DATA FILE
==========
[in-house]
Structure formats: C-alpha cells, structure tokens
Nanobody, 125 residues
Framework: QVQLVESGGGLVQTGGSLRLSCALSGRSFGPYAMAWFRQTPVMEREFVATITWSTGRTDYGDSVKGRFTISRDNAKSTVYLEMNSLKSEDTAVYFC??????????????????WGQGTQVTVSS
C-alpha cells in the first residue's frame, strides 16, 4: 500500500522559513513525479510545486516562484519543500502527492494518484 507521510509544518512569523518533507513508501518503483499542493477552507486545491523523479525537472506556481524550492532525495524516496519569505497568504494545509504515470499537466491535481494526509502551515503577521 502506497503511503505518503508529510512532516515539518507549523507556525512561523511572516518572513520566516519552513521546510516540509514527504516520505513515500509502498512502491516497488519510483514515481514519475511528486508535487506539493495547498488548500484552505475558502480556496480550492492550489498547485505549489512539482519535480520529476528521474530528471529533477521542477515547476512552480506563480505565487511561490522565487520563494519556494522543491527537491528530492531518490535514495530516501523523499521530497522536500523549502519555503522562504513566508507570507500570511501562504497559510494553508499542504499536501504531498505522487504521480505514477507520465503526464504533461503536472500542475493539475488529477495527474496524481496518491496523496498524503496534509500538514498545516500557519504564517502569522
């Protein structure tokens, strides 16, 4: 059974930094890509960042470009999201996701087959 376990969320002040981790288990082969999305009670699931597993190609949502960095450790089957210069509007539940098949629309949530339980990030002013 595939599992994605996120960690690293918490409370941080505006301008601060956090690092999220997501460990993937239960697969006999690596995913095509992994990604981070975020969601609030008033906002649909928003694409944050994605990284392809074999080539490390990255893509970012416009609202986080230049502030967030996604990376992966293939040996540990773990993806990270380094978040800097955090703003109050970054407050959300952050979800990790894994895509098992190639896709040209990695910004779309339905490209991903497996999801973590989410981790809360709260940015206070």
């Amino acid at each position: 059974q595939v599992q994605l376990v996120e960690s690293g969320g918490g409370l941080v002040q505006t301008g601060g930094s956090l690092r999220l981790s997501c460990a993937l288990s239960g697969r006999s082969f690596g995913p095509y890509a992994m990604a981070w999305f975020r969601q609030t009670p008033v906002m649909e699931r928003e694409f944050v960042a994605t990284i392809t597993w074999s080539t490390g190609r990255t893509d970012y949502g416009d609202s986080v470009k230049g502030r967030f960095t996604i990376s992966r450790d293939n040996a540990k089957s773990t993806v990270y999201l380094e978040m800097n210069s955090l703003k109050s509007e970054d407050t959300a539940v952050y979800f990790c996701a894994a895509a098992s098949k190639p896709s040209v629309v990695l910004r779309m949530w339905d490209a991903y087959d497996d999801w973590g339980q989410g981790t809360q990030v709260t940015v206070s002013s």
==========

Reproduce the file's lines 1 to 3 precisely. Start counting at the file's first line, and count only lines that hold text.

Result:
[in-house]
Structure formats: C-alpha cells, structure tokens
Nanobody, 125 residues